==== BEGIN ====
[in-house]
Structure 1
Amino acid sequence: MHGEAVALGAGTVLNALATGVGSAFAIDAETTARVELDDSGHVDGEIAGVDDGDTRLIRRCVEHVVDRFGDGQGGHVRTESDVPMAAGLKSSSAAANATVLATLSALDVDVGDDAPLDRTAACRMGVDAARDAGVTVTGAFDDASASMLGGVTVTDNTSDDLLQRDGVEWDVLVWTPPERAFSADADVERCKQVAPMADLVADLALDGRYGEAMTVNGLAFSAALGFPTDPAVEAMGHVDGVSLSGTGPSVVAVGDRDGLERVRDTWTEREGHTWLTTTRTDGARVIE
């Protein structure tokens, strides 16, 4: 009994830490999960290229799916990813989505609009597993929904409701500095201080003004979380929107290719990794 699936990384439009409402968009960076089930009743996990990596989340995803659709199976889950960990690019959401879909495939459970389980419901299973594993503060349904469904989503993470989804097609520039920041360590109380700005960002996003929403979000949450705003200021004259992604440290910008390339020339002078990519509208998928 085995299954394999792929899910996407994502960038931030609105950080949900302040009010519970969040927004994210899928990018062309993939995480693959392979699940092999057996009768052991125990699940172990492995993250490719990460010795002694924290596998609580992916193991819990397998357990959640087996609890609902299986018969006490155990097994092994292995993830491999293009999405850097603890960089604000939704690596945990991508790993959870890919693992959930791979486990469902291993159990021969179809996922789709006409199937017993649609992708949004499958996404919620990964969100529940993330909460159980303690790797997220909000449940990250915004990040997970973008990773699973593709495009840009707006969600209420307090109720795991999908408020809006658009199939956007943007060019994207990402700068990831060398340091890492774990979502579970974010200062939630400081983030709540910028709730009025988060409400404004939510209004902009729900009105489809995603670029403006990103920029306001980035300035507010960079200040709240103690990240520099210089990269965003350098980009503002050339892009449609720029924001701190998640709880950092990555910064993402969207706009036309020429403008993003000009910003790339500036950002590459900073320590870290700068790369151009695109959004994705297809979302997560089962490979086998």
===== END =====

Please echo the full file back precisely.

[in-house]
Structure 1
Amino acid sequence: MHGEAVALGAGTVLNALATGVGSAFAIDAETTARVELDDSGHVDGEIAGVDDGDTRLIRRCVEHVVDRFGDGQGGHVRTESDVPMAAGLKSSSAAANATVLATLSALDVDVGDDAPLDRTAACRMGVDAARDAGVTVTGAFDDASASMLGGVTVTDNTSDDLLQRDGVEWDVLVWTPPERAFSADADVERCKQVAPMADLVADLALDGRYGEAMTVNGLAFSAALGFPTDPAVEAMGHVDGVSLSGTGPSVVAVGDRDGLERVRDTWTEREGHTWLTTTRTDGARVIE
């Protein structure tokens, strides 16, 4: 009994830490999960290229799916990813989505609009597993929904409701500095201080003004979380929107290719990794 699936990384439009409402968009960076089930009743996990990596989340995803659709199976889950960990690019959401879909495939459970389980419901299973594993503060349904469904989503993470989804097609520039920041360590109380700005960002996003929403979000949450705003200021004259992604440290910008390339020339002078990519509208998928 085995299954394999792929899910996407994502960038931030609105950080949900302040009010519970969040927004994210899928990018062309993939995480693959392979699940092999057996009768052991125990699940172990492995993250490719990460010795002694924290596998609580992916193991819990397998357990959640087996609890609902299986018969006490155990097994092994292995993830491999293009999405850097603890960089604000939704690596945990991508790993959870890919693992959930791979486990469902291993159990021969179809996922789709006409199937017993649609992708949004499958996404919620990964969100529940993330909460159980303690790797997220909000449940990250915004990040997970973008990773699973593709495009840009707006969600209420307090109720795991999908408020809006658009199939956007943007060019994207990402700068990831060398340091890492774990979502579970974010200062939630400081983030709540910028709730009025988060409400404004939510209004902009729900009105489809995603670029403006990103920029306001980035300035507010960079200040709240103690990240520099210089990269965003350098980009503002050339892009449609720029924001701190998640709880950092990555910064993402969207706009036309020429403008993003000009910003790339500036950002590459900073320590870290700068790369151009695109959004994705297809979302997560089962490979086998």